View single post by CleburneFan
 Posted: Thu Mar 20th, 2008 01:12 am
 PM  Quote  Reply  Full Topic 

Joined: Mon Oct 30th, 2006
Location: Florida USA
Posts: 1021

  back to top

Thanks, Joannie Reb.

This discussion spurred me to think of another aspect of leadership that influenced the Civil War that does not play out so much today in the professional, all volunteer army with strict guidelines for how rank is assigned or earned.

What I refer to is the leadership of professionally trained military officers (USMA, VMI) as opposed to "politcal" officers and men such as  Nathan Bedford Forrest who had virtually no military training or Patrick Cleburne who had military training but only as a "lowly" enlisted man in the British army, yet he became so respected that he earned the title "Stonewall of the West."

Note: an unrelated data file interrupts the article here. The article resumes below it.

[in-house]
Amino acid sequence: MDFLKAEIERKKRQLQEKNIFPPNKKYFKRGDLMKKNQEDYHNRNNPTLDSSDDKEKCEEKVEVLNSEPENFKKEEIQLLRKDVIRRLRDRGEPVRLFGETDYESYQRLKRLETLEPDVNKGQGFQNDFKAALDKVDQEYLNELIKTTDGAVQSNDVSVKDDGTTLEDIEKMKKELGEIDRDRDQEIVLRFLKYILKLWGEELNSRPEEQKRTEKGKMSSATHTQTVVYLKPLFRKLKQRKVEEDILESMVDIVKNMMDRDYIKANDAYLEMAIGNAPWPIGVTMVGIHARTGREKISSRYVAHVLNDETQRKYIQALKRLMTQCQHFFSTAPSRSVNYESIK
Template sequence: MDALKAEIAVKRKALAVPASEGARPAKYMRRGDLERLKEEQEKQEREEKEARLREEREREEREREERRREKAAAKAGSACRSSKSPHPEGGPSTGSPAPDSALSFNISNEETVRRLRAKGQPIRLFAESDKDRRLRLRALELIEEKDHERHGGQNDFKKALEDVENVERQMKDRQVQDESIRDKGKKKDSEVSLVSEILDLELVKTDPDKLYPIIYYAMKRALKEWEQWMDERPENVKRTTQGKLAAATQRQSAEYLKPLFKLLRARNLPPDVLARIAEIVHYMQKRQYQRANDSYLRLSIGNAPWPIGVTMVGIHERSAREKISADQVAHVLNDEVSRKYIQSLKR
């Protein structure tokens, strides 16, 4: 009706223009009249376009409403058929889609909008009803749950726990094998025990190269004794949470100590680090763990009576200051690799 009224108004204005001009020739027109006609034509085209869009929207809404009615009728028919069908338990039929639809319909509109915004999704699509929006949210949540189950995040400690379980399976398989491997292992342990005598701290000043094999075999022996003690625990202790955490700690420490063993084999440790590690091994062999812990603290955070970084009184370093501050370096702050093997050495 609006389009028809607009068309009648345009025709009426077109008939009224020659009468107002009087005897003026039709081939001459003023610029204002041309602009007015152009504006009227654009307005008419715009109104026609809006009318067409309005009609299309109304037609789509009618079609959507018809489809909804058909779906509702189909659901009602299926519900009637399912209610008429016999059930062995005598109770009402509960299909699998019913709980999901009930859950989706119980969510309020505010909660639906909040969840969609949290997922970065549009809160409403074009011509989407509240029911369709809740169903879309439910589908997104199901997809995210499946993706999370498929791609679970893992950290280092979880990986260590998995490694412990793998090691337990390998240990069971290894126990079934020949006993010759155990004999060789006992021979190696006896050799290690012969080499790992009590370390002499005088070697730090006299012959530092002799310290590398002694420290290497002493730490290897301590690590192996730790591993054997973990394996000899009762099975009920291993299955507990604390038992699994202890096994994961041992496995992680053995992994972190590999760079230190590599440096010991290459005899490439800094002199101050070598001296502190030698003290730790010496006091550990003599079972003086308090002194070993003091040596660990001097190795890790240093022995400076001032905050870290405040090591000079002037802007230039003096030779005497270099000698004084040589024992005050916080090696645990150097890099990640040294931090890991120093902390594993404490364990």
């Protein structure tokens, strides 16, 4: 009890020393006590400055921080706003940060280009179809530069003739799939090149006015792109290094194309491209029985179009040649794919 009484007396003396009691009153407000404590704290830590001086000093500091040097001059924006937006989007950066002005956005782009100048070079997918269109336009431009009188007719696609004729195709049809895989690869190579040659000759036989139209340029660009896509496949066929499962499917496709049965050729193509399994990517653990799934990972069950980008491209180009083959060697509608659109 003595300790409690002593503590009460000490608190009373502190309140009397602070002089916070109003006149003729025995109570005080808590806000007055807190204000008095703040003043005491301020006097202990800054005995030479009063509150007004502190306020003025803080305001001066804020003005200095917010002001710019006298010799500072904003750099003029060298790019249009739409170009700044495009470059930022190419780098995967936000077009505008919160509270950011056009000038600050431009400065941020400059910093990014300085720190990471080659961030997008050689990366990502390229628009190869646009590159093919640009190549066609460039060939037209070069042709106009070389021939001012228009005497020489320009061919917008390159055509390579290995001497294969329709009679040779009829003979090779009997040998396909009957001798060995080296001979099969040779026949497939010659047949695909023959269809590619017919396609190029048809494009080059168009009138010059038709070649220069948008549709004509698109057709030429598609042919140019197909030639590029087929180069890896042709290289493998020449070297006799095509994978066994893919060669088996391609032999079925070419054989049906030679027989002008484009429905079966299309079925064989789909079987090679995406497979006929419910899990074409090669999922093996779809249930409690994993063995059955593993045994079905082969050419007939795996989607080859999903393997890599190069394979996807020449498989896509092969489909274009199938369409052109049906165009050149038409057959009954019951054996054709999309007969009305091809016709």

It also plays out in the officer rebellion against Braxton Bragg who might stand out as an example of a poor leader even though he trained at the USMA. His leadership was so inept that Forrest even refused to serve with him though Bragg had a vastly superior education.

Folks who know much more than I do can add additional information to this facet of leadership...what I guess is an innate ability to lead in combat regardless of education or previous experience.  It would be instructive to list the ablest CW generals who had little or no military experience. Of course we have to start off with Nathan Bedford Forrest. Also there is another interesting, but untrained leader, John Singleton Mosby, whose effective partisan raids earned him the title "Gray Ghost."

There are many others in both  North and South, born leaders, as it were. They didn't need the USMA to draw out their leadership qualities.

 Close Window